the red and white project
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About: This is our attempt at embracing different cultures and spreading awareness for socioeconomic equality and welfare in third world and developing countries at North Carolina State University!

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2012     2013     

Our 2013 Project!

We have decided to dedicate our 2013 contribution to the Share & Care Foundation!

With a generous sum of funds donated to our organization, we have decided to sponsor over children in India in hopes that they can receive educations that will change their lives forever. The Share & Care Foundation serves to create opportunities for deserving yet economically challenged women and children in India by partnering with communities, philanthropists, and local charitable organizations. With the support of the community, they are able to create opportunities, like providing a quality education and affordable healthcare, to improve the quality of life in rural villages.

While having an almost identical mission statement as the Share & Care Foundation helped our decision in choosing this charity, we were incredibly touched by this organization’s holistic approach, flexibility, and humanitarian efforts. We sincerely hope that the funds that we were able to contribute will truly alter the life of a number of children so that they can reach beyond the borders of their rural villages and expand their minds to the world beyond. 


Be What’s Possible

Gap Inc. P.A.C.E. (which stands for Personal Advancement and Career Enhancement) is an organization which concentrates on the training and support of female workers in the garment-making industry. Women make up 80% of garment workers worldwide but do not have the basic skills and education required to move up to a managerial or supervising position where they work.

Gap Inc. P.A.C.E. trains these women garment workers to move forward at work so they can also help their families at home and the communities they live in. Partnering with other organizations and using the revenue available to the company allows for P.A.C.E. to gain access to the resources necessary for training and educating these women.

-Asish Andhavarapu


acid attacks in pakistan

This literally left me in tears.

Graphic and so sickening


Children in India

photographs by Steve McCurry

(Source: redwinesuccess, via unravellingwitheveryword)



India: A Rape Victim Commits Suicide

"A 17-year-old girl who was gang-raped last month committed suicide after a police officer pressed her to drop the case and marry one of her attackers, the police and a relative said Thursday. One police officer has been fired and another suspended over their conduct after the assault in Punjab State, officials said. A police official, Inspector General Paramjit Singh Gill, said the girl had urged the police to open a formal inquiry, but instead “one of the officers tried to convince her to withdraw the case.” The girl swallowed poison and was found dead Wednesday night. A 23-year-old student who was gang-raped on a bus in New Delhi this month was flown to Singapore on Thursday for further medical treatment, officials said."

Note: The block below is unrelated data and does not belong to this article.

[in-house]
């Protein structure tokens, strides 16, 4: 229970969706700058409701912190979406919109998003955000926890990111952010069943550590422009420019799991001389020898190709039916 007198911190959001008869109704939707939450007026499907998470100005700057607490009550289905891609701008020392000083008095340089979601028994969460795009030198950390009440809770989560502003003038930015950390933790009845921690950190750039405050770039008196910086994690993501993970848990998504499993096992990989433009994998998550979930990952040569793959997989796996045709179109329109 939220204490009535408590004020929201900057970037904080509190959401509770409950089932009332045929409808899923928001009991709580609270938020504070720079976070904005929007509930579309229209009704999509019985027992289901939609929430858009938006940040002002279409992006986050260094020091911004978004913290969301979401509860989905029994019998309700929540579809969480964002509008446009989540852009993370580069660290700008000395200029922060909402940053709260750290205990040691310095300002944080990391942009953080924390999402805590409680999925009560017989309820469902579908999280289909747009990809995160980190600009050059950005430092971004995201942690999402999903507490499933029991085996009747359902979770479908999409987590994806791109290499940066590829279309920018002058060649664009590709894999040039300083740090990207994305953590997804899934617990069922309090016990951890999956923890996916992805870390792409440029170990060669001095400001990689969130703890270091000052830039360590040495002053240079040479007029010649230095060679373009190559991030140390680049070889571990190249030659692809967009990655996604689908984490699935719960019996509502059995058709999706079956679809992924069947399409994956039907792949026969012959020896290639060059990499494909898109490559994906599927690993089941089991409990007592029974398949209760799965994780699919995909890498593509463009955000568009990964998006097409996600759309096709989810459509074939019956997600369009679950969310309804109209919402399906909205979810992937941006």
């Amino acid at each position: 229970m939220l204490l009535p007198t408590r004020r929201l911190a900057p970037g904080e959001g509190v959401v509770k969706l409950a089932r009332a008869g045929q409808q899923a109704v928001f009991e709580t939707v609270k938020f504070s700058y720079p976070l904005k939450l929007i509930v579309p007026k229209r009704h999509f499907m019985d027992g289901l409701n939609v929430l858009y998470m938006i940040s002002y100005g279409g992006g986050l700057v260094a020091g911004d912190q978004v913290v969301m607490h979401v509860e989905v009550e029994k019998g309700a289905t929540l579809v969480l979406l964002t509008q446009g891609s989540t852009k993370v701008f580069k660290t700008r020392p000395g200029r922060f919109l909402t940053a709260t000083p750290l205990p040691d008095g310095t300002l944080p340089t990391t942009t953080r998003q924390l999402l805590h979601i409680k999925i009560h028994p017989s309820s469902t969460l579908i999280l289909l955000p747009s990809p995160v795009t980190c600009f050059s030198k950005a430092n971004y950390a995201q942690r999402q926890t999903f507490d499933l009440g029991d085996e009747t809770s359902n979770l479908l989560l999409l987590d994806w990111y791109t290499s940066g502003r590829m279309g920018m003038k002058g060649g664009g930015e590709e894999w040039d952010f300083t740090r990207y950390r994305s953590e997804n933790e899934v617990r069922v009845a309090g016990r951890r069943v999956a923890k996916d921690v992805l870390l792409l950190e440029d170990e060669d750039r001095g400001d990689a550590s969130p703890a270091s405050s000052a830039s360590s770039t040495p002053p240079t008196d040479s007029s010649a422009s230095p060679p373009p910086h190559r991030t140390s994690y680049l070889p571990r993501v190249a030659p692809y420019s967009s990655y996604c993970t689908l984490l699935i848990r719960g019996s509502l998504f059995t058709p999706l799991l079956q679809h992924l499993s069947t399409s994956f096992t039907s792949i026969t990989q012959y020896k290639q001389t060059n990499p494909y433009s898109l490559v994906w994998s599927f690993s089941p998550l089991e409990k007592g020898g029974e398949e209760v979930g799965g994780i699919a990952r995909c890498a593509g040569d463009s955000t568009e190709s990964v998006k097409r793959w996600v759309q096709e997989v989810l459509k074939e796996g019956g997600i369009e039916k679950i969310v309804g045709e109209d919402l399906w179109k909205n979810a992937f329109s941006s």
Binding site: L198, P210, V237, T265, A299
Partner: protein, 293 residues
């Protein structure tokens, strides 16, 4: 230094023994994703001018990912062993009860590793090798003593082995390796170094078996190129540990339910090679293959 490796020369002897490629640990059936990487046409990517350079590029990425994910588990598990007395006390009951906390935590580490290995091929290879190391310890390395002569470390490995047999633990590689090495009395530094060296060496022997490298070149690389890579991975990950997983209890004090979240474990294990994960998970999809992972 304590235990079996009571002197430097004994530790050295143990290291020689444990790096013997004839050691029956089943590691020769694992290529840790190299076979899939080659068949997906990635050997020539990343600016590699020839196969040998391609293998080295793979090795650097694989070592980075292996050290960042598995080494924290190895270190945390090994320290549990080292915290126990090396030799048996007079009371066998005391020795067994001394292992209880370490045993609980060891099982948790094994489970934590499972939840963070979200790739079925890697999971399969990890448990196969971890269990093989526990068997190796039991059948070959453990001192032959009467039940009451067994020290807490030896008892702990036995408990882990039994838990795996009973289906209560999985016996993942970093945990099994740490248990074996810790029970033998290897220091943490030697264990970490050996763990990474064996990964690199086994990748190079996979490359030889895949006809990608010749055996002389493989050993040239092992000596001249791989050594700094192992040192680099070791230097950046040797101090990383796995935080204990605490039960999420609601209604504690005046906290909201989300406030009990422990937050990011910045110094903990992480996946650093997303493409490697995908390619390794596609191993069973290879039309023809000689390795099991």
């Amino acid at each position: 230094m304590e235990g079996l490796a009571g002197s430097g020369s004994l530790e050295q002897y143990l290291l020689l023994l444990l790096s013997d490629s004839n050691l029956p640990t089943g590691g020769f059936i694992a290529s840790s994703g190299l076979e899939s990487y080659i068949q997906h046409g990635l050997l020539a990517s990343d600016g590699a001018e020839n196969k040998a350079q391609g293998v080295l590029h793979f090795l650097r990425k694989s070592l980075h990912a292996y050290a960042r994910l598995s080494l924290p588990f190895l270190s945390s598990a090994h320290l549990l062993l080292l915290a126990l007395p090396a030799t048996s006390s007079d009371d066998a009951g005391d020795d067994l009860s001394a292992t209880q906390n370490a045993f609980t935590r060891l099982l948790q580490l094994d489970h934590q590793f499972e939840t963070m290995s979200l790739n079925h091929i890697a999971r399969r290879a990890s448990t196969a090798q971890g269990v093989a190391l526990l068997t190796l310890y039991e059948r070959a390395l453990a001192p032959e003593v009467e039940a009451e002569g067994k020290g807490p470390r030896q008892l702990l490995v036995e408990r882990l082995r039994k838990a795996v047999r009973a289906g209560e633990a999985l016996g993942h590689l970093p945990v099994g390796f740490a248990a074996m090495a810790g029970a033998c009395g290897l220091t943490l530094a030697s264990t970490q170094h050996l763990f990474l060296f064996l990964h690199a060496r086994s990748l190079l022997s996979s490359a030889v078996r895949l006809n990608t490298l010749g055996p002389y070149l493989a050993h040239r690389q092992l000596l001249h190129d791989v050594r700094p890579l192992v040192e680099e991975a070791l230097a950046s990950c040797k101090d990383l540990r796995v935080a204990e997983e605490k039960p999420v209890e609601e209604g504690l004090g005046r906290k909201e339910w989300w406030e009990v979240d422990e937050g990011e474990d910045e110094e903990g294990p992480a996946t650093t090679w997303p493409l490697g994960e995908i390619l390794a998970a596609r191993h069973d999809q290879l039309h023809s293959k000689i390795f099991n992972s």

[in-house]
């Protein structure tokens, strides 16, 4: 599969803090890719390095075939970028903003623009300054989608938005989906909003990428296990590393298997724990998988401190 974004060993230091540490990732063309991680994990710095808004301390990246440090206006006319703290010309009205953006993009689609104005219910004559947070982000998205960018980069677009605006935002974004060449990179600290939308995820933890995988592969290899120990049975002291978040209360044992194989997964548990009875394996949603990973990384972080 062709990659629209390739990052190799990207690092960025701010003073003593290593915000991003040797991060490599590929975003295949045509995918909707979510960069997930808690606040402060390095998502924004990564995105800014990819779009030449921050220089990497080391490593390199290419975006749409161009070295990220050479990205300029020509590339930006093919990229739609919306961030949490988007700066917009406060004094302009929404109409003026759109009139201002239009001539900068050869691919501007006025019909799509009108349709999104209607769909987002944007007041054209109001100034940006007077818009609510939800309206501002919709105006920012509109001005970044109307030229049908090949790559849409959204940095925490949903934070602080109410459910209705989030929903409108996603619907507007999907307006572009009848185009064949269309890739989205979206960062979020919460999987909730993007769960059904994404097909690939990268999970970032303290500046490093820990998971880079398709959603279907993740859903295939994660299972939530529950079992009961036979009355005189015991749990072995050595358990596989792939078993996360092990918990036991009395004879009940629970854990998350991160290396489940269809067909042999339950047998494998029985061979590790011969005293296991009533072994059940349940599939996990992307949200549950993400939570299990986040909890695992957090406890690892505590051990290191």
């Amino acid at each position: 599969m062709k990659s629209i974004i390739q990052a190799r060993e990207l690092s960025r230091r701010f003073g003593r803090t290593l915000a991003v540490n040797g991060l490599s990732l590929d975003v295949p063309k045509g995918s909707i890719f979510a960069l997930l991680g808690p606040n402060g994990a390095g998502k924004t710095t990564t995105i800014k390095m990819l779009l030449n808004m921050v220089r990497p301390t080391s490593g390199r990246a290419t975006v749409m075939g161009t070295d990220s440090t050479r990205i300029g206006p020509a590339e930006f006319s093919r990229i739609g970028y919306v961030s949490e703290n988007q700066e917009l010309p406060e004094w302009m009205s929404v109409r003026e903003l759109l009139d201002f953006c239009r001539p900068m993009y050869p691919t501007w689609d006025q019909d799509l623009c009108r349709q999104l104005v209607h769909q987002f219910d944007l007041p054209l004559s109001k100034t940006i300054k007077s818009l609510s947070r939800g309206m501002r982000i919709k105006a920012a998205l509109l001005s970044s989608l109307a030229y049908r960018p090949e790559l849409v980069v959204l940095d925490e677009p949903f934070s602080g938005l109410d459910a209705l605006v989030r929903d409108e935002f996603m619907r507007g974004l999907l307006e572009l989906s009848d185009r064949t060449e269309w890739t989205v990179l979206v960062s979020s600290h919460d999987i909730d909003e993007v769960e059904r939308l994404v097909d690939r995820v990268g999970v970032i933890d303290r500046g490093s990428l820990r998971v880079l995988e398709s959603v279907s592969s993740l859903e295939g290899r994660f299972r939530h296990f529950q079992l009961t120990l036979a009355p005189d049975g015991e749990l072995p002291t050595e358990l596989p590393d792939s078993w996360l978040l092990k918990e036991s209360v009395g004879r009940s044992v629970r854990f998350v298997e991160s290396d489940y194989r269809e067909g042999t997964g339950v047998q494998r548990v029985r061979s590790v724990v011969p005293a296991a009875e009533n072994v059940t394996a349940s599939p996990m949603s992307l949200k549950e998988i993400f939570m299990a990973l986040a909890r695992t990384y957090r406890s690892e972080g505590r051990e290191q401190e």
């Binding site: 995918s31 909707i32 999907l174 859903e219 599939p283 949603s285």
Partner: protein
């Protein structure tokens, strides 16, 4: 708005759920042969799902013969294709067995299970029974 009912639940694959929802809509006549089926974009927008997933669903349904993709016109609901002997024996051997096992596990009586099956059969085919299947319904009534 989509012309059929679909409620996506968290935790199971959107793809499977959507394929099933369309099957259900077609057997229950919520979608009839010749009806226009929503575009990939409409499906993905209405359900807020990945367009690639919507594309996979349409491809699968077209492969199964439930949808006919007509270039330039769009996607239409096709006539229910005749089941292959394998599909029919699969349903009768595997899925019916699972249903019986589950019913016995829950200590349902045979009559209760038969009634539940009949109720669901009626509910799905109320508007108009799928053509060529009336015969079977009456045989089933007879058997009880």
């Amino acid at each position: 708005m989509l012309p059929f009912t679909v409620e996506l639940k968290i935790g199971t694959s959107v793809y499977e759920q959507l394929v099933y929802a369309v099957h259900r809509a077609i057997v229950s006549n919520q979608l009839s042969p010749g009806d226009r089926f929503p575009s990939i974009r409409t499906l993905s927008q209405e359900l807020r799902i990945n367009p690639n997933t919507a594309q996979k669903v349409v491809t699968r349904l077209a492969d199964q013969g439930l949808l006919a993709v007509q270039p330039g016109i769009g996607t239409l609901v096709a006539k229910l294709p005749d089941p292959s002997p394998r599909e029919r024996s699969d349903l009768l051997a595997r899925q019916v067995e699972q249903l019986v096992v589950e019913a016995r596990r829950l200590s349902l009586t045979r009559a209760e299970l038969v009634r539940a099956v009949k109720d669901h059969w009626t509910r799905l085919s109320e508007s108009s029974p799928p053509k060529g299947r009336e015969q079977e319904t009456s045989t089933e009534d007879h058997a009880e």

After seeing 2 cases publicized worldwide, it makes me wonder, how many cases have gone unpublicized? How many girls have had their lives ruined? How many have committed suicide upon being subjected to such heinous acts? How many more will the female population have to endure before serious changes are made to legislation and society, as a whole? Rest in peace, to these two beautiful women, and the score of others whose stories have gone untold. 

(Source: The New York Times)

Victim of Gang Rape in India Dies

“The emergence of women in public spaces, which is an absolutely essential part of social emancipation, is accompanied by growing threats to their safety and security,” Prime Minister Manmohan Singh said in a speech on Thursday. “We must reflect on this problem, which occurs in all states and regions of our country, and which requires greater attention.”

(Source: The New York Times)

What color Kanthari are you?

A vision can grow and a name can change. IISE becomes Kanthari.

For the last three years, we have been known as the International Institute for Social Entrepreneurs (IISE). This name was not only too long, but also a bit misleading. People only saw us as a social business school or a training centre for leadership with a social touch. But aren’t we much more than this?

Our target group is evolving and growing, so we are evolving and growing.

The term “social entrepreneurs” no longer covers all the flavours of useful change makers. We welcome courageous advocates, provocative initiators, creative inventors, social visionaries and artists who want to leave a social impact. We see ourselves as a springboard for provocative thinkers and driven doers, for those who have fire in the belly and want to bring spice into society!”



one of the saddest things ive seen

(via anxm)

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